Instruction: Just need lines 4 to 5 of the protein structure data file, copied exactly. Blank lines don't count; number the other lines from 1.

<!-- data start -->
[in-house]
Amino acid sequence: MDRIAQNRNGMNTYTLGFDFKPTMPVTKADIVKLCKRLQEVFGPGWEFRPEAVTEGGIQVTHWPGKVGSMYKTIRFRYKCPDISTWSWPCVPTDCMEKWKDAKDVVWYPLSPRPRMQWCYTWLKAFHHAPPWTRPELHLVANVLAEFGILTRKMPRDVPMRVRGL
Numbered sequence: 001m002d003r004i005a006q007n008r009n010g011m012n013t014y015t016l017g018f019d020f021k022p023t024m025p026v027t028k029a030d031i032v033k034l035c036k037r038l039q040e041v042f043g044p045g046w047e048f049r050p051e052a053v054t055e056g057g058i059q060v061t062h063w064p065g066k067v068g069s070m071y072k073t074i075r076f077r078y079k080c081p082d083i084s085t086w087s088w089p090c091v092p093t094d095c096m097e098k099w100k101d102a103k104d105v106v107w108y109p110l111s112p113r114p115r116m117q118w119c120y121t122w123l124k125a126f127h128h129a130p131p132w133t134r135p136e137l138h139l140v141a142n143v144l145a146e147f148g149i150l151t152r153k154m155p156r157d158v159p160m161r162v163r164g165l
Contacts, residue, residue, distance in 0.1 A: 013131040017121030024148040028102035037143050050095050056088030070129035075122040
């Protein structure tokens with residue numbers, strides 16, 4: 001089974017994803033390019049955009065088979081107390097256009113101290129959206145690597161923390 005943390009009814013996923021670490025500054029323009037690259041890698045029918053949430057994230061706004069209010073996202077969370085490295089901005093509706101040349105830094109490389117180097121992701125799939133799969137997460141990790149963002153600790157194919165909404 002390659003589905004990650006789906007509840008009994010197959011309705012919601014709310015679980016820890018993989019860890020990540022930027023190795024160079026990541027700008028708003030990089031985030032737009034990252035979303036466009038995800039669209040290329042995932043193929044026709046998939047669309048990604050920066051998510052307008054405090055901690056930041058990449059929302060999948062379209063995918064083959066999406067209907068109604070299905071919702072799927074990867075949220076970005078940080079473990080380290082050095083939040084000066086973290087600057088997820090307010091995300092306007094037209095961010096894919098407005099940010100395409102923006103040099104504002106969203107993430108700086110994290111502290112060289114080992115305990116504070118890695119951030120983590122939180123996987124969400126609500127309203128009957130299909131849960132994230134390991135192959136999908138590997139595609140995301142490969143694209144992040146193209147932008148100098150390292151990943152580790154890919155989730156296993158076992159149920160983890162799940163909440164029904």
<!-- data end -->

Contacts, residue, residue, distance in 0.1 A: 013131040017121030024148040028102035037143050050095050056088030070129035075122040
């Protein structure tokens with residue numbers, strides 16, 4: 001089974017994803033390019049955009065088979081107390097256009113101290129959206145690597161923390 005943390009009814013996923021670490025500054029323009037690259041890698045029918053949430057994230061706004069209010073996202077969370085490295089901005093509706101040349105830094109490389117180097121992701125799939133799969137997460141990790149963002153600790157194919165909404 002390659003589905004990650006789906007509840008009994010197959011309705012919601014709310015679980016820890018993989019860890020990540022930027023190795024160079026990541027700008028708003030990089031985030032737009034990252035979303036466009038995800039669209040290329042995932043193929044026709046998939047669309048990604050920066051998510052307008054405090055901690056930041058990449059929302060999948062379209063995918064083959066999406067209907068109604070299905071919702072799927074990867075949220076970005078940080079473990080380290082050095083939040084000066086973290087600057088997820090307010091995300092306007094037209095961010096894919098407005099940010100395409102923006103040099104504002106969203107993430108700086110994290111502290112060289114080992115305990116504070118890695119951030120983590122939180123996987124969400126609500127309203128009957130299909131849960132994230134390991135192959136999908138590997139595609140995301142490969143694209144992040146193209147932008148100098150390292151990943152580790154890919155989730156296993158076992159149920160983890162799940163909440164029904």